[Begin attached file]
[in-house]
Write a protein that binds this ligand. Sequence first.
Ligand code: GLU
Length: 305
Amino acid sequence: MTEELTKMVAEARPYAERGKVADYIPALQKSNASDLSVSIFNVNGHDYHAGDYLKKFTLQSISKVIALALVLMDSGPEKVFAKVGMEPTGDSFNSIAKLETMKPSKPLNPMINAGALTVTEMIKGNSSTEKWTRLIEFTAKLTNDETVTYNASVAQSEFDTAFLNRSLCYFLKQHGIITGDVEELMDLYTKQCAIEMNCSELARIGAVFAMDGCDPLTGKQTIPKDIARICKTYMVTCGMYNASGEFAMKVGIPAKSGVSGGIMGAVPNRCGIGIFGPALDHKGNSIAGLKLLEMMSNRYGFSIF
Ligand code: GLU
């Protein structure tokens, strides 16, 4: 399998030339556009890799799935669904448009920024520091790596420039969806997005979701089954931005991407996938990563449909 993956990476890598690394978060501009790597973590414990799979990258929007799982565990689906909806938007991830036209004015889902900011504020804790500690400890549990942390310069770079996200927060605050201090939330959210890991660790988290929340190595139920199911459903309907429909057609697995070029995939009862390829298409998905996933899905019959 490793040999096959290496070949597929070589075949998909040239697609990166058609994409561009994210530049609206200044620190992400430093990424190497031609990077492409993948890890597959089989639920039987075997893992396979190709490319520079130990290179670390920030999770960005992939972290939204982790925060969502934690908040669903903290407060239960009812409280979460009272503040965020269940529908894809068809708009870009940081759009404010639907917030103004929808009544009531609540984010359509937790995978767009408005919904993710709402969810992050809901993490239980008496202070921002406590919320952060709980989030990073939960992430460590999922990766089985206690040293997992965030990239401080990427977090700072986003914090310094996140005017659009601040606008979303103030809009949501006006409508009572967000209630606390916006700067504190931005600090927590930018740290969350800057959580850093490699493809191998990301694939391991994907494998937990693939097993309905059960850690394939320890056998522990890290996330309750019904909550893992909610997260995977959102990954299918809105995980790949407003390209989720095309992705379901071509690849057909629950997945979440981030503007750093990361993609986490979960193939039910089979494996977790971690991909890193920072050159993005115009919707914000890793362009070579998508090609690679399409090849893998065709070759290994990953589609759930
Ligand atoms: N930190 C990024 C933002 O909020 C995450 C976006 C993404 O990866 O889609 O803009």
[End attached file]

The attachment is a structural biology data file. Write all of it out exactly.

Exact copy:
[in-house]
Write a protein that binds this ligand. Sequence first.
Ligand code: GLU
Length: 305
Amino acid sequence: MTEELTKMVAEARPYAERGKVADYIPALQKSNASDLSVSIFNVNGHDYHAGDYLKKFTLQSISKVIALALVLMDSGPEKVFAKVGMEPTGDSFNSIAKLETMKPSKPLNPMINAGALTVTEMIKGNSSTEKWTRLIEFTAKLTNDETVTYNASVAQSEFDTAFLNRSLCYFLKQHGIITGDVEELMDLYTKQCAIEMNCSELARIGAVFAMDGCDPLTGKQTIPKDIARICKTYMVTCGMYNASGEFAMKVGIPAKSGVSGGIMGAVPNRCGIGIFGPALDHKGNSIAGLKLLEMMSNRYGFSIF
Ligand code: GLU
């Protein structure tokens, strides 16, 4: 399998030339556009890799799935669904448009920024520091790596420039969806997005979701089954931005991407996938990563449909 993956990476890598690394978060501009790597973590414990799979990258929007799982565990689906909806938007991830036209004015889902900011504020804790500690400890549990942390310069770079996200927060605050201090939330959210890991660790988290929340190595139920199911459903309907429909057609697995070029995939009862390829298409998905996933899905019959 490793040999096959290496070949597929070589075949998909040239697609990166058609994409561009994210530049609206200044620190992400430093990424190497031609990077492409993948890890597959089989639920039987075997893992396979190709490319520079130990290179670390920030999770960005992939972290939204982790925060969502934690908040669903903290407060239960009812409280979460009272503040965020269940529908894809068809708009870009940081759009404010639907917030103004929808009544009531609540984010359509937790995978767009408005919904993710709402969810992050809901993490239980008496202070921002406590919320952060709980989030990073939960992430460590999922990766089985206690040293997992965030990239401080990427977090700072986003914090310094996140005017659009601040606008979303103030809009949501006006409508009572967000209630606390916006700067504190931005600090927590930018740290969350800057959580850093490699493809191998990301694939391991994907494998937990693939097993309905059960850690394939320890056998522990890290996330309750019904909550893992909610997260995977959102990954299918809105995980790949407003390209989720095309992705379901071509690849057909629950997945979440981030503007750093990361993609986490979960193939039910089979494996977790971690991909890193920072050159993005115009919707914000890793362009070579998508090609690679399409090849893998065709070759290994990953589609759930
Ligand atoms: N930190 C990024 C933002 O909020 C995450 C976006 C993404 O990866 O889609 O803009």